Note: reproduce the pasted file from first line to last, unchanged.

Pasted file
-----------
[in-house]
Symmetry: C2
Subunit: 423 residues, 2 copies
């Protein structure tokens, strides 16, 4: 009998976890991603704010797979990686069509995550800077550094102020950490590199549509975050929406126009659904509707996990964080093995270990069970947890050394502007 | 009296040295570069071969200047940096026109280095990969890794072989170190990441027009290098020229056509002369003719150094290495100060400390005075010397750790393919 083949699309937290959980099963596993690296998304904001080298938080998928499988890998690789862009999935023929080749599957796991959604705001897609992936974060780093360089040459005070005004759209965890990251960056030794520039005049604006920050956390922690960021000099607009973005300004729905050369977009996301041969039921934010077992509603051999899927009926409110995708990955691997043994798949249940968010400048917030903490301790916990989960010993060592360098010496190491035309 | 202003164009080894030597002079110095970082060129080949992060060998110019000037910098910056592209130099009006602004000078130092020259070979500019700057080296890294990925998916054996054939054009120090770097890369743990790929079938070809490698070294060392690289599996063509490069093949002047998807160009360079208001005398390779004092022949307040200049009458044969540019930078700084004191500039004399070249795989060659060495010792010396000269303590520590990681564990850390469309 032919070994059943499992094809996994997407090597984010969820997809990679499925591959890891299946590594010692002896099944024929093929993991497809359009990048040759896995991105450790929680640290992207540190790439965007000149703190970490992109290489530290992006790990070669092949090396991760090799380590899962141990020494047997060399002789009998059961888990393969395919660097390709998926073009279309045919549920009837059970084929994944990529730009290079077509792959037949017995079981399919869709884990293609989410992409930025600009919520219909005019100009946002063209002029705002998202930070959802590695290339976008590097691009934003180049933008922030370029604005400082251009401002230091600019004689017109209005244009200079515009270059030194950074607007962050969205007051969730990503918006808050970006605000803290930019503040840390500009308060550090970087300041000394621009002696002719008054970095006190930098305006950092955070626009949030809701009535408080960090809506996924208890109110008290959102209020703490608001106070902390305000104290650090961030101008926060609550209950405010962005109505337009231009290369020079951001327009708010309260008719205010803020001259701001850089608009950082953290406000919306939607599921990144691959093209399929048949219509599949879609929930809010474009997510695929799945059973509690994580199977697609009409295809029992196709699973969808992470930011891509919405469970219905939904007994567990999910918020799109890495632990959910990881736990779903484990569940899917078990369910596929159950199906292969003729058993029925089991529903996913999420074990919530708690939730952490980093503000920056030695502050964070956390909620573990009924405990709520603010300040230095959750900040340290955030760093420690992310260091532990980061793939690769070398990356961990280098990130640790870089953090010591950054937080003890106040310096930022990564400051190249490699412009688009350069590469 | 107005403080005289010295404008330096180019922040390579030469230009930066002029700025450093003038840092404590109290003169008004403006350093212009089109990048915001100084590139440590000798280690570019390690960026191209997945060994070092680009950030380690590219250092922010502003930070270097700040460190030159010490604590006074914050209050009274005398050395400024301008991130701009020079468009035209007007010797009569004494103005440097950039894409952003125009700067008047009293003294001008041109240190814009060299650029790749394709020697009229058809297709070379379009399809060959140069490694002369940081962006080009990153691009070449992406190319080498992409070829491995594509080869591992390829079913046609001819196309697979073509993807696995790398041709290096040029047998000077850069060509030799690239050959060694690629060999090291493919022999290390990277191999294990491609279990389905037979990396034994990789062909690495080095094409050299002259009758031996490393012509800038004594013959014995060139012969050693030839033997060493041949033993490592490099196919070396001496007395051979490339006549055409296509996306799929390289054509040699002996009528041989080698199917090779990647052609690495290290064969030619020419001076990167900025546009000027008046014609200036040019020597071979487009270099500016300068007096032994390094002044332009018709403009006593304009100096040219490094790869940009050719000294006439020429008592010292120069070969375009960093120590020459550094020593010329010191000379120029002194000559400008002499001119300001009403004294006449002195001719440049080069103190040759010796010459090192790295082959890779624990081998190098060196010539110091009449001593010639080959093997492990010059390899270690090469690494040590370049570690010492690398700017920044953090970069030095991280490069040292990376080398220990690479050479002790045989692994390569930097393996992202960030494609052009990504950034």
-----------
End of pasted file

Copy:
[in-house]
Symmetry: C2
Subunit: 423 residues, 2 copies
């Protein structure tokens, strides 16, 4: 009998976890991603704010797979990686069509995550800077550094102020950490590199549509975050929406126009659904509707996990964080093995270990069970947890050394502007 | 009296040295570069071969200047940096026109280095990969890794072989170190990441027009290098020229056509002369003719150094290495100060400390005075010397750790393919 083949699309937290959980099963596993690296998304904001080298938080998928499988890998690789862009999935023929080749599957796991959604705001897609992936974060780093360089040459005070005004759209965890990251960056030794520039005049604006920050956390922690960021000099607009973005300004729905050369977009996301041969039921934010077992509603051999899927009926409110995708990955691997043994798949249940968010400048917030903490301790916990989960010993060592360098010496190491035309 | 202003164009080894030597002079110095970082060129080949992060060998110019000037910098910056592209130099009006602004000078130092020259070979500019700057080296890294990925998916054996054939054009120090770097890369743990790929079938070809490698070294060392690289599996063509490069093949002047998807160009360079208001005398390779004092022949307040200049009458044969540019930078700084004191500039004399070249795989060659060495010792010396000269303590520590990681564990850390469309 032919070994059943499992094809996994997407090597984010969820997809990679499925591959890891299946590594010692002896099944024929093929993991497809359009990048040759896995991105450790929680640290992207540190790439965007000149703190970490992109290489530290992006790990070669092949090396991760090799380590899962141990020494047997060399002789009998059961888990393969395919660097390709998926073009279309045919549920009837059970084929994944990529730009290079077509792959037949017995079981399919869709884990293609989410992409930025600009919520219909005019100009946002063209002029705002998202930070959802590695290339976008590097691009934003180049933008922030370029604005400082251009401002230091600019004689017109209005244009200079515009270059030194950074607007962050969205007051969730990503918006808050970006605000803290930019503040840390500009308060550090970087300041000394621009002696002719008054970095006190930098305006950092955070626009949030809701009535408080960090809506996924208890109110008290959102209020703490608001106070902390305000104290650090961030101008926060609550209950405010962005109505337009231009290369020079951001327009708010309260008719205010803020001259701001850089608009950082953290406000919306939607599921990144691959093209399929048949219509599949879609929930809010474009997510695929799945059973509690994580199977697609009409295809029992196709699973969808992470930011891509919405469970219905939904007994567990999910918020799109890495632990959910990881736990779903484990569940899917078990369910596929159950199906292969003729058993029925089991529903996913999420074990919530708690939730952490980093503000920056030695502050964070956390909620573990009924405990709520603010300040230095959750900040340290955030760093420690992310260091532990980061793939690769070398990356961990280098990130640790870089953090010591950054937080003890106040310096930022990564400051190249490699412009688009350069590469 | 107005403080005289010295404008330096180019922040390579030469230009930066002029700025450093003038840092404590109290003169008004403006350093212009089109990048915001100084590139440590000798280690570019390690960026191209997945060994070092680009950030380690590219250092922010502003930070270097700040460190030159010490604590006074914050209050009274005398050395400024301008991130701009020079468009035209007007010797009569004494103005440097950039894409952003125009700067008047009293003294001008041109240190814009060299650029790749394709020697009229058809297709070379379009399809060959140069490694002369940081962006080009990153691009070449992406190319080498992409070829491995594509080869591992390829079913046609001819196309697979073509993807696995790398041709290096040029047998000077850069060509030799690239050959060694690629060999090291493919022999290390990277191999294990491609279990389905037979990396034994990789062909690495080095094409050299002259009758031996490393012509800038004594013959014995060139012969050693030839033997060493041949033993490592490099196919070396001496007395051979490339006549055409296509996306799929390289054509040699002996009528041989080698199917090779990647052609690495290290064969030619020419001076990167900025546009000027008046014609200036040019020597071979487009270099500016300068007096032994390094002044332009018709403009006593304009100096040219490094790869940009050719000294006439020429008592010292120069070969375009960093120590020459550094020593010329010191000379120029002194000559400008002499001119300001009403004294006449002195001719440049080069103190040759010796010459090192790295082959890779624990081998190098060196010539110091009449001593010639080959093997492990010059390899270690090469690494040590370049570690010492690398700017920044953090970069030095991280490069040292990376080398220990690479050479002790045989692994390569930097393996992202960030494609052009990504950034």